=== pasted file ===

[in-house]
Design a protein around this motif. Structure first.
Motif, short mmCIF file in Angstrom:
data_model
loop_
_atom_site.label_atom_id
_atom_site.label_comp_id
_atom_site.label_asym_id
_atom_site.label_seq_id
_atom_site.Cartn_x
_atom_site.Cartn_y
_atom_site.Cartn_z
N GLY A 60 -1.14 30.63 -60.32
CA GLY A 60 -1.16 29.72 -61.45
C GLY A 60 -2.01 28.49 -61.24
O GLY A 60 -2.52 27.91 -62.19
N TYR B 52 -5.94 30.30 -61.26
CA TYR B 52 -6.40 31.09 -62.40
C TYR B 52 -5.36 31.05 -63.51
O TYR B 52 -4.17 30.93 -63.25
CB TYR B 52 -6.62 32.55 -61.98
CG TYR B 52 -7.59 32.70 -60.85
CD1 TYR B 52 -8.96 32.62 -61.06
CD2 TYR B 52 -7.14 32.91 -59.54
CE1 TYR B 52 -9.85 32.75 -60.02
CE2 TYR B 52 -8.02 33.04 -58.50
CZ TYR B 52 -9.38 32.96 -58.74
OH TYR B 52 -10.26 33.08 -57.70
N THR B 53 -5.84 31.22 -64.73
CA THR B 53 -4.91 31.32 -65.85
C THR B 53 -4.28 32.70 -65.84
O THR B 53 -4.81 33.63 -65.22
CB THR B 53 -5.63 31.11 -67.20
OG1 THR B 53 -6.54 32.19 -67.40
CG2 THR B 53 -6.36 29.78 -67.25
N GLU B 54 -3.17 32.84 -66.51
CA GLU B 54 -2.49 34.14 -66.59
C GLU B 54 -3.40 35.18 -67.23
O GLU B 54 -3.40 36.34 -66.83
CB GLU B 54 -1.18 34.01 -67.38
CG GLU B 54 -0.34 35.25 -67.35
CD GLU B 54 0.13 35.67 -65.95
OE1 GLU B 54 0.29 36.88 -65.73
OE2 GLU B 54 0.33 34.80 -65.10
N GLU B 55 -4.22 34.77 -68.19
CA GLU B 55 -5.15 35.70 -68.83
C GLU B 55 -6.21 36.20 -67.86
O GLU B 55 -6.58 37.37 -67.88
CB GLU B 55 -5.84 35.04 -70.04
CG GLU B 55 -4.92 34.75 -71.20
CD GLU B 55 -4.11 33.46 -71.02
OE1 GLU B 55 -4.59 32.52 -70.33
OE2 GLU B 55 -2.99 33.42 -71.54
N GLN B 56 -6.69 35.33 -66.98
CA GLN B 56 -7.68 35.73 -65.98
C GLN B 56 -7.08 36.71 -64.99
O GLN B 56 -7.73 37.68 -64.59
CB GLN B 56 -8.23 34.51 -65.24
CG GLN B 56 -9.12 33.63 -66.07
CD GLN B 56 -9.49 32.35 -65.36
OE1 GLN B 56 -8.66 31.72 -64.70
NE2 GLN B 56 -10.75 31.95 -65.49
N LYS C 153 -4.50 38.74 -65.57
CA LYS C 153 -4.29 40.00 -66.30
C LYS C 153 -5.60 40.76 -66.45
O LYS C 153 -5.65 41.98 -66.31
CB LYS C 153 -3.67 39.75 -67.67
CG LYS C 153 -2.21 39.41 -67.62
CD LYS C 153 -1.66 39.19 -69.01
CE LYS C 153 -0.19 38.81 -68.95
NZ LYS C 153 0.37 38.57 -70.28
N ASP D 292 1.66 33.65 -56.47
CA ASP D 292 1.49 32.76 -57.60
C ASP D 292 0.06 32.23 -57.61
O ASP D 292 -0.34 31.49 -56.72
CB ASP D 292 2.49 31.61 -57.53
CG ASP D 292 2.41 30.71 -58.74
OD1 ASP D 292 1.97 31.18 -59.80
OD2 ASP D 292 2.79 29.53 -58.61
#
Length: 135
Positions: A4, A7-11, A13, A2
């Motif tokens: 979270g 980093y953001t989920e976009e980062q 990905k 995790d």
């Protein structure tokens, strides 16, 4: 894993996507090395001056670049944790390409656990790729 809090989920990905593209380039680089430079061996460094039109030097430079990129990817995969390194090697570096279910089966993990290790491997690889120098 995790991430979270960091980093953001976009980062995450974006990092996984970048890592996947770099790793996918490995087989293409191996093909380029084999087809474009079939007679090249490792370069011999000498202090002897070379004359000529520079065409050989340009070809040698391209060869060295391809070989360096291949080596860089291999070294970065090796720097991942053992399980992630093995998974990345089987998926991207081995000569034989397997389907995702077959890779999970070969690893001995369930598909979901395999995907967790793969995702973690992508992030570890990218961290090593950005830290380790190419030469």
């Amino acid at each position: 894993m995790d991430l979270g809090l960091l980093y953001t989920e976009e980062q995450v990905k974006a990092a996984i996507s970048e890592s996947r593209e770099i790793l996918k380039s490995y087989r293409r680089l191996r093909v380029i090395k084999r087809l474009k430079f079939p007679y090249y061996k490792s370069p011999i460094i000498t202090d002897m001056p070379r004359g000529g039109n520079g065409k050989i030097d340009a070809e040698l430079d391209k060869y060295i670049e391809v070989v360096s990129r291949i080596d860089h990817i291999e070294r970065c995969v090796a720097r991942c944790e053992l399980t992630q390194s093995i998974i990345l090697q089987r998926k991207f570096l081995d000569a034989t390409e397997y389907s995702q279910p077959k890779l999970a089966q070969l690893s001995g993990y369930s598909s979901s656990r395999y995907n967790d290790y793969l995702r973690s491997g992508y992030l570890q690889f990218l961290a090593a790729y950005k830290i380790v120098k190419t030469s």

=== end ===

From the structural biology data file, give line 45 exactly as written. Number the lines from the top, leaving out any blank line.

N GLU B 55 -4.22 34.77 -68.19